Jessica Anthony and Rodrigo Corral
Published in February 2012 by Razorhill books, an imprint of Penguin Group
Gloria “Glory” Fleming is a world-famous pianist, who sells out concert halls all over the world. She’s also only seventeen. Her days are filled with practice as demanded by her father, Victor. It’s all she knows until Francisco Mendoza moves in next door. Now Glory’s world is filled with not only music but art, late-night movies, and text messages. She’s finally becoming a normal teenager. After a while, Glory falters because of her father’s demands and is unable to play anything but the song “Chopsticks”. Everything is not what it seems and when Glory disappears, it’s time for everyone –Victor and readers – to figure out what really happened in Glory’s life.
I picked up Chopsticks because I heard a lot of positive things about it on Twitter. The bloggers, who have read it, didn’t say much about it except that more people should read it. After reading this book, I understand so I won’t tell you much about the plot. Chopsticks is a love story but also a mystery. The mystery isn’t easy to solve, which I love, so you’ll probably have to read it twice. But it is a fast read. If you’re a reader who shies away from YA because of melodramatic teenage angst, there’s none of that in this book. Readers of all ages can enjoy.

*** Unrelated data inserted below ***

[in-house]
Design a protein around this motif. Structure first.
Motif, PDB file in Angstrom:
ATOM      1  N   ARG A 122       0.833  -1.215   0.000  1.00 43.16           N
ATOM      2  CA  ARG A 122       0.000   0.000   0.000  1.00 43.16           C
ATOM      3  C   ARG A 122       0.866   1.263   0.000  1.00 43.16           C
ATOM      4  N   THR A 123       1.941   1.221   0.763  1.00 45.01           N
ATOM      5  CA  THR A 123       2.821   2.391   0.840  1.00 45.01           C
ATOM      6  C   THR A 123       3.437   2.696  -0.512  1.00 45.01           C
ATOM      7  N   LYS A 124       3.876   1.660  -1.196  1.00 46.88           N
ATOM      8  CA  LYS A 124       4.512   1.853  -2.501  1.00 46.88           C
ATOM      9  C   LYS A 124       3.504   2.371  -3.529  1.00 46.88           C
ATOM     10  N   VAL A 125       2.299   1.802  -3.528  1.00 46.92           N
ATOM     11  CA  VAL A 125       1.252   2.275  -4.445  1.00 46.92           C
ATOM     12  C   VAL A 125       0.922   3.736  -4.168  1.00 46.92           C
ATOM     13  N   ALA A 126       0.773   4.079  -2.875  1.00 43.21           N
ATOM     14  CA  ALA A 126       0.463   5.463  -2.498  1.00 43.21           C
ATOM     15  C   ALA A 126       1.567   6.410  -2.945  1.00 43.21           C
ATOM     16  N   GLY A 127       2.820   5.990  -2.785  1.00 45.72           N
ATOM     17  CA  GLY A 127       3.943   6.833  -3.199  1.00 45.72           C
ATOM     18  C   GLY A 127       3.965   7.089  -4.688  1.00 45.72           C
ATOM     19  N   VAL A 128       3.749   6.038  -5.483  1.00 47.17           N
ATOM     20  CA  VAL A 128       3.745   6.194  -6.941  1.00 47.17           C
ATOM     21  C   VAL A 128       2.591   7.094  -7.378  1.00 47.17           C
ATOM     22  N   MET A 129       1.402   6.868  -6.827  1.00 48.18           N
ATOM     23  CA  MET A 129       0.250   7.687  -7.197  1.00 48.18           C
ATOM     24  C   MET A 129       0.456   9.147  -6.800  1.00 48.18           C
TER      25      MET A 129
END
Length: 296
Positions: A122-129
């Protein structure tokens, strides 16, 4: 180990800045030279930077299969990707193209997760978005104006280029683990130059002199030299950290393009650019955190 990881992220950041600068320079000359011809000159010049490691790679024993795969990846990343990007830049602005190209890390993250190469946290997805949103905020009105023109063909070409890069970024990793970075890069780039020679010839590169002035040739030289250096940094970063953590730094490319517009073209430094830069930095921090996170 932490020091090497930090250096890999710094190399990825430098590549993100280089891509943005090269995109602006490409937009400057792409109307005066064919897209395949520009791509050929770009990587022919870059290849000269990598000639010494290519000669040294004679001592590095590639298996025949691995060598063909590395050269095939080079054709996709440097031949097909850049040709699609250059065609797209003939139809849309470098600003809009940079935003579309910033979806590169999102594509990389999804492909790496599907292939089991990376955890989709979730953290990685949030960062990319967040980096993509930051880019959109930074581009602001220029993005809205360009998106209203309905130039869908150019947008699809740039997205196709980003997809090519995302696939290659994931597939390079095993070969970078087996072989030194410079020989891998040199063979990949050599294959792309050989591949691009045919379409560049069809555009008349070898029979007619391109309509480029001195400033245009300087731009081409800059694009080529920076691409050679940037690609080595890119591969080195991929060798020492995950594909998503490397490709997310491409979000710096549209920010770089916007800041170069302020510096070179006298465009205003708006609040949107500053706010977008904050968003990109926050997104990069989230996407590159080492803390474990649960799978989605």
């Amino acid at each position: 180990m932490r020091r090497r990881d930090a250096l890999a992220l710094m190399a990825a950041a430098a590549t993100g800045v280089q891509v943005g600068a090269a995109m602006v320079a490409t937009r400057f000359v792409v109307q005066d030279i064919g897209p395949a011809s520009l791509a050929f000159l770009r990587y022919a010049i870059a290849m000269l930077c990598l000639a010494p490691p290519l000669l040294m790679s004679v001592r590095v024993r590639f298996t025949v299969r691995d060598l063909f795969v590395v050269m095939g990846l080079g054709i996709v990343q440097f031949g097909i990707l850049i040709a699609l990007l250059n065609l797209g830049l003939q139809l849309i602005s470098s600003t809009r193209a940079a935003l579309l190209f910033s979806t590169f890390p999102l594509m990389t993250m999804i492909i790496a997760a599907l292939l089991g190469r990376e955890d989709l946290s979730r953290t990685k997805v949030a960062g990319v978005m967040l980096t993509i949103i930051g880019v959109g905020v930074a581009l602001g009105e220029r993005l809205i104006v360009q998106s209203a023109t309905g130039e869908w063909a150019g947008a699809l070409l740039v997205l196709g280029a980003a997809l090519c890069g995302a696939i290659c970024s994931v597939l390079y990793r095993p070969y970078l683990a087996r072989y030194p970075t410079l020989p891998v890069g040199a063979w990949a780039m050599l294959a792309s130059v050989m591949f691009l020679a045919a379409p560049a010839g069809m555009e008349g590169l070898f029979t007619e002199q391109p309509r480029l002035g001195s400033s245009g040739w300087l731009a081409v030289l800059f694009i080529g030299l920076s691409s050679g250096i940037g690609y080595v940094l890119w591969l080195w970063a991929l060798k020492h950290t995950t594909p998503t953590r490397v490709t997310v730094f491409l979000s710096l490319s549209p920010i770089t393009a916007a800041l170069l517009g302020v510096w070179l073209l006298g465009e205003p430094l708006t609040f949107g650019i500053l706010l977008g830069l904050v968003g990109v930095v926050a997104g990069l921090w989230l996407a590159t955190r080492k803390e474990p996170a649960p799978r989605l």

Jessica Anthony and Rodrigo Corral give this unusual teenage story a great format. It’s told through not only words but also postcards, text messages, newspaper articles, piano recital programs, and more. The format reminds me a lot of The Scrapbook of Frankie Pratt. I was left wondering what kind of novel I should call this. Is it right to call it a graphic novel? I called Frankie Pratt a “scrapbook novel” but Chopsticks doesn’t fit that description. Maybe it should be called a “novel in collage”? Either way, I would love to see the authors write more novels in this new format.
If you’re looking for a great read in a unusual format, Chopsticks is your book. My rating: 4 out of 5.